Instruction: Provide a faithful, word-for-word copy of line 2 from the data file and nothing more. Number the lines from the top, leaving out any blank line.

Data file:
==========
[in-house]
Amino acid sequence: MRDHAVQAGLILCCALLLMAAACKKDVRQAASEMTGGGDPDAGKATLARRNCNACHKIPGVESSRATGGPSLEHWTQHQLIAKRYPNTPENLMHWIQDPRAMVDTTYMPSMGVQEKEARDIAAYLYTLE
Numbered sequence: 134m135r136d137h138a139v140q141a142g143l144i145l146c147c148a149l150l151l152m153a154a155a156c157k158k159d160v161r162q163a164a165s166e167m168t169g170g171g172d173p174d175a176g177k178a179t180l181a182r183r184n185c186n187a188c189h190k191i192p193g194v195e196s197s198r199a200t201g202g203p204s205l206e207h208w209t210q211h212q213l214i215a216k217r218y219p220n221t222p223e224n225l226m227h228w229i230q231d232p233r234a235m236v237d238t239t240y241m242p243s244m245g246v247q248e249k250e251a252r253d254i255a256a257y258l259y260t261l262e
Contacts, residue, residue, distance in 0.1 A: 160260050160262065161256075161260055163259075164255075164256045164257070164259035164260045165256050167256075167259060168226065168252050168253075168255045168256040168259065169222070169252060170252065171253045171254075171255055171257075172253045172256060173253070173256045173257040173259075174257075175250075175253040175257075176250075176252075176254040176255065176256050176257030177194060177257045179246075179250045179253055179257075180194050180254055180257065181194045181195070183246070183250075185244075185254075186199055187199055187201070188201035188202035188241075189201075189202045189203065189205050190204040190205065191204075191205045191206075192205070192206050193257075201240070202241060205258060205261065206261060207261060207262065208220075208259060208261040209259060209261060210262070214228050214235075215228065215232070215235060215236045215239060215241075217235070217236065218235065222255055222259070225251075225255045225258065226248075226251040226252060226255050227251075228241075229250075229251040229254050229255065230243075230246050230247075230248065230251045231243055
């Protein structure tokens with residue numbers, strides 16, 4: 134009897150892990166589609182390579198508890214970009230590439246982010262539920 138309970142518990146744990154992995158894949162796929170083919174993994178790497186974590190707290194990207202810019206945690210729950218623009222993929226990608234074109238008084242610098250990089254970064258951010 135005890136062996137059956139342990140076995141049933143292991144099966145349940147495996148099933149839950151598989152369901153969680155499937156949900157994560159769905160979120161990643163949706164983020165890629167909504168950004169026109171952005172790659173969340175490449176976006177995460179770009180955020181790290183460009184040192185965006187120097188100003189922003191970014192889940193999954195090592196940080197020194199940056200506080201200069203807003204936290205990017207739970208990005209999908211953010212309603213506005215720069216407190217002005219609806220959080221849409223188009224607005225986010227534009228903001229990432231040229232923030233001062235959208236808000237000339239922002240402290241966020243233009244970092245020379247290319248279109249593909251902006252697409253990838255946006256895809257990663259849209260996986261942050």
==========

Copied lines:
Amino acid sequence: MRDHAVQAGLILCCALLLMAAACKKDVRQAASEMTGGGDPDAGKATLARRNCNACHKIPGVESSRATGGPSLEHWTQHQLIAKRYPNTPENLMHWIQDPRAMVDTTYMPSMGVQEKEARDIAAYLYTLE